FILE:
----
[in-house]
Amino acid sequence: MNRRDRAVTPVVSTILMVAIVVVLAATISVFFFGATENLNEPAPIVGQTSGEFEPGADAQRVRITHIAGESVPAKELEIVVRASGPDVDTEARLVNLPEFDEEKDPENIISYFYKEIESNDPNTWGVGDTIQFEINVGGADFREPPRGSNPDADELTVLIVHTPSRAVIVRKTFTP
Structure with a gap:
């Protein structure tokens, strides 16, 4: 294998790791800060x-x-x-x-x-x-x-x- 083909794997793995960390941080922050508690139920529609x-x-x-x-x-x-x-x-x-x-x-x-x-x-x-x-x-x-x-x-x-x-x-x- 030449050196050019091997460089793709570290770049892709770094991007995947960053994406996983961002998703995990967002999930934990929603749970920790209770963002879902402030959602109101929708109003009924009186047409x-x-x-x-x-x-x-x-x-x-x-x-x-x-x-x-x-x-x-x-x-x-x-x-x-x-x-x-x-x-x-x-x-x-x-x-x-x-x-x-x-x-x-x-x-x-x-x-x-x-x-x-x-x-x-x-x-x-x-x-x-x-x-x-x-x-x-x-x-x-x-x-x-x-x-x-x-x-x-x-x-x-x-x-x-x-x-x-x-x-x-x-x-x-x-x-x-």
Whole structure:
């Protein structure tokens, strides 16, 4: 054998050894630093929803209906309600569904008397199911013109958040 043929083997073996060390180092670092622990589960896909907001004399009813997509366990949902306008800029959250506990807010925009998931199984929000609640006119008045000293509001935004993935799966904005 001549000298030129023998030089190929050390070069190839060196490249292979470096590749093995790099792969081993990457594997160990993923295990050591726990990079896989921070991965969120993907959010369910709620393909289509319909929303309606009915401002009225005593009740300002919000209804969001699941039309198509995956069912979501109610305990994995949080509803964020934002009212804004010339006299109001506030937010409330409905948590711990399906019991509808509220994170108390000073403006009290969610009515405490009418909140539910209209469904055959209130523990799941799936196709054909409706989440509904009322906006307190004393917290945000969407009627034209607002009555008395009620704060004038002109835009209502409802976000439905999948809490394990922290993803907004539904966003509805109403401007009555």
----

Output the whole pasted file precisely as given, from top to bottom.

[in-house]
Amino acid sequence: MNRRDRAVTPVVSTILMVAIVVVLAATISVFFFGATENLNEPAPIVGQTSGEFEPGADAQRVRITHIAGESVPAKELEIVVRASGPDVDTEARLVNLPEFDEEKDPENIISYFYKEIESNDPNTWGVGDTIQFEINVGGADFREPPRGSNPDADELTVLIVHTPSRAVIVRKTFTP
Structure with a gap:
């Protein structure tokens, strides 16, 4: 294998790791800060x-x-x-x-x-x-x-x- 083909794997793995960390941080922050508690139920529609x-x-x-x-x-x-x-x-x-x-x-x-x-x-x-x-x-x-x-x-x-x-x-x- 030449050196050019091997460089793709570290770049892709770094991007995947960053994406996983961002998703995990967002999930934990929603749970920790209770963002879902402030959602109101929708109003009924009186047409x-x-x-x-x-x-x-x-x-x-x-x-x-x-x-x-x-x-x-x-x-x-x-x-x-x-x-x-x-x-x-x-x-x-x-x-x-x-x-x-x-x-x-x-x-x-x-x-x-x-x-x-x-x-x-x-x-x-x-x-x-x-x-x-x-x-x-x-x-x-x-x-x-x-x-x-x-x-x-x-x-x-x-x-x-x-x-x-x-x-x-x-x-x-x-x-x-």
Whole structure:
């Protein structure tokens, strides 16, 4: 054998050894630093929803209906309600569904008397199911013109958040 043929083997073996060390180092670092622990589960896909907001004399009813997509366990949902306008800029959250506990807010925009998931199984929000609640006119008045000293509001935004993935799966904005 001549000298030129023998030089190929050390070069190839060196490249292979470096590749093995790099792969081993990457594997160990993923295990050591726990990079896989921070991965969120993907959010369910709620393909289509319909929303309606009915401002009225005593009740300002919000209804969001699941039309198509995956069912979501109610305990994995949080509803964020934002009212804004010339006299109001506030937010409330409905948590711990399906019991509808509220994170108390000073403006009290969610009515405490009418909140539910209209469904055959209130523990799941799936196709054909409706989440509904009322906006307190004393917290945000969407009627034209607002009555008395009620704060004038002109835009209502409802976000439905999948809490394990922290993803907004539904966003509805109403401007009555």